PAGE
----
Byron's Babbles

Leading With Intellectual Honesty

I am reading a great book right now that is super hard to put down every time I get a chance to sit down and do some reading. The book is by one of my favorite Presidents, Harry S. Truman. Where The Buck Stops: The Personal and Private Writings Of Harry S. Truman. This great book was published by President Truman’s daughter, Mary Margaret Truman Daniel. Although the book is entirely written by President Truman, with the exception of the introduction, he did not want it published till after he and the former First Lady, Bess Truman, had both passed away. The reason was that he is very critical of some of the presidents before and after him and did not want his thoughts released while he was alive. In the book, our 33rd U.S. President gave his “cut to the chase” theories and opinions on leadership and what it takes to be a great leader. He even gave his picks for best and worst presidents and, in detail, defended his reasoning.

It would seem that my post today is to promote the book, but really that is not the case. Although, I would recommend reading the book. I was intrigued by a comment President Truman made in the book when arguing that the appearance, height, or stature of President has nothing to do with greatness. President Truman said:

“A president has got to have qualifications to do the job that he’s supposed to do. He has got to be honest. Particularly, he’s got to be intellectually honest, and if he isn’t, it doesn’t make any difference what kind of appearance he makes. In the long run, his good looks or good public presence doesn’t amount to anything because he’ll do a bad job, and he’ll be found out. Or even worse, as I’ve been pointing out in this book, some presidents go into the presidency and don’t do any kind of job at all.” ~ Harry S. Truman in Where The Buck Stops (Kindle Location 1369 of 6958)

I bolded the term that intrigued me: “intellectually honest” or intellectual honesty. What is intellectual honesty? It means always seeking the truth regardless of whether or not it agrees with your own personal beliefs. President Truman was reminding us that the great leaders approach problems and decision-making as rationally as possible. In other words we make arguments we believe are true as opposed to arguments we are supposed to by popular opinion or public pressure. We should not be afraid to show vulnerability or admit when we are wrong or don’t not know something. Probably a President, more than anyone else, can appreciate that facts and information may likely change, requiring a shift in execution.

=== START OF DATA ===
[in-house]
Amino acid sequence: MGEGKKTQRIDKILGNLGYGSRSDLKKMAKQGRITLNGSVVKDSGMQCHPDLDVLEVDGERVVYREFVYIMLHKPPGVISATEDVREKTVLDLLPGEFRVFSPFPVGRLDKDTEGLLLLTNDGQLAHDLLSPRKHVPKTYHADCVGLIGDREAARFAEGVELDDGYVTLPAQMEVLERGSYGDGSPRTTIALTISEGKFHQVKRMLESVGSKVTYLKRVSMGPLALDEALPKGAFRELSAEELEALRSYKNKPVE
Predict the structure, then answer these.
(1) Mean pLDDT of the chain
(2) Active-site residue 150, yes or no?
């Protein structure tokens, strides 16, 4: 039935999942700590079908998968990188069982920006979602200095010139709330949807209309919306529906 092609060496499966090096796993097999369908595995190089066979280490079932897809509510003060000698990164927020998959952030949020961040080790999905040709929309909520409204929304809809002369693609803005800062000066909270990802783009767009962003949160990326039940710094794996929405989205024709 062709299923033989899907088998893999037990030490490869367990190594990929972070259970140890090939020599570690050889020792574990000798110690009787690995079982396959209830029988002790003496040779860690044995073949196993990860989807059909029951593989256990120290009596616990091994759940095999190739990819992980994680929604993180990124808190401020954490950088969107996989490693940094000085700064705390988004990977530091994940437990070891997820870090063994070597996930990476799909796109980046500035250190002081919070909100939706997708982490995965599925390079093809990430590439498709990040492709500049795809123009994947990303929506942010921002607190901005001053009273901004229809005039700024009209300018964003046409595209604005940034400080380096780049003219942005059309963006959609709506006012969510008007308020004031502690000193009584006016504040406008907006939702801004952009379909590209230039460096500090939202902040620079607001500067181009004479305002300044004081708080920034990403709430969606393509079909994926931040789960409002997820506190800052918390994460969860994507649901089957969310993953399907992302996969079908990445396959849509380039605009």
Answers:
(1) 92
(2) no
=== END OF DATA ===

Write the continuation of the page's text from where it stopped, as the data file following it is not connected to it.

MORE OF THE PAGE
The best leaders I have observed have the curiosity to learn and improve — and an innate desire to create, innovate, iterate, and discover better and more efficient ways of doing things. When great leaders see change as an opportunity for growth they are able to pivot and execute effectively. We must work really hard to not cover up what we don’t know, or let personal beliefs interfere with our pursuit of the truth. As President Truman pointed out, this is not easy. We must continually work at it.

Advertisements

Leading Through The Lens Of Opportunity

This past week I had a leader I am working with on a project say to me, “I am having trouble looking at this project through three different lenses.” My immediate response was don’t look through three lenses; just the one you were made a part of this project for. There are others on this committee that can work through the other lenses. It really got me thinking about whether we, as leaders, should look at things through multiple lenses or only one. 

The most effective leaders I know approach problems through the single lens of opportunity. I had an incredible mentor and friend early in my career that always called problems “opportunities.” That has stuck with me ever since. The best leaders are the best problem solvers. They have the patience to step back and see the problem at-hand through broadened observation; circular vision. These great leaders see around, beneath, and beyond the issue/problem (opportunity) itself. They see well-beyond the obvious and see opportunities. 

I also believe it becomes crucial to become a convener and let the wisdom of the crowd/community take over. This creates an environment where everyone’s concerns, points of view, ideas, and solutions are freely expressed. This community structure welcomes efficient cross-functional collaboration and problem solving. This also eliminates silos and allows individuals lead through the lens of their expertise. 

Great leaders seek out and convene lifters and high-potential leaders within the organization or community to reap the benefits of open-mindedness that leads to more innovation and initiative. We should invite people together and name the possibility about which we are convening. I also believe we must specify what is required of each and what lens they should look through should they choose to be a part of the opportunity.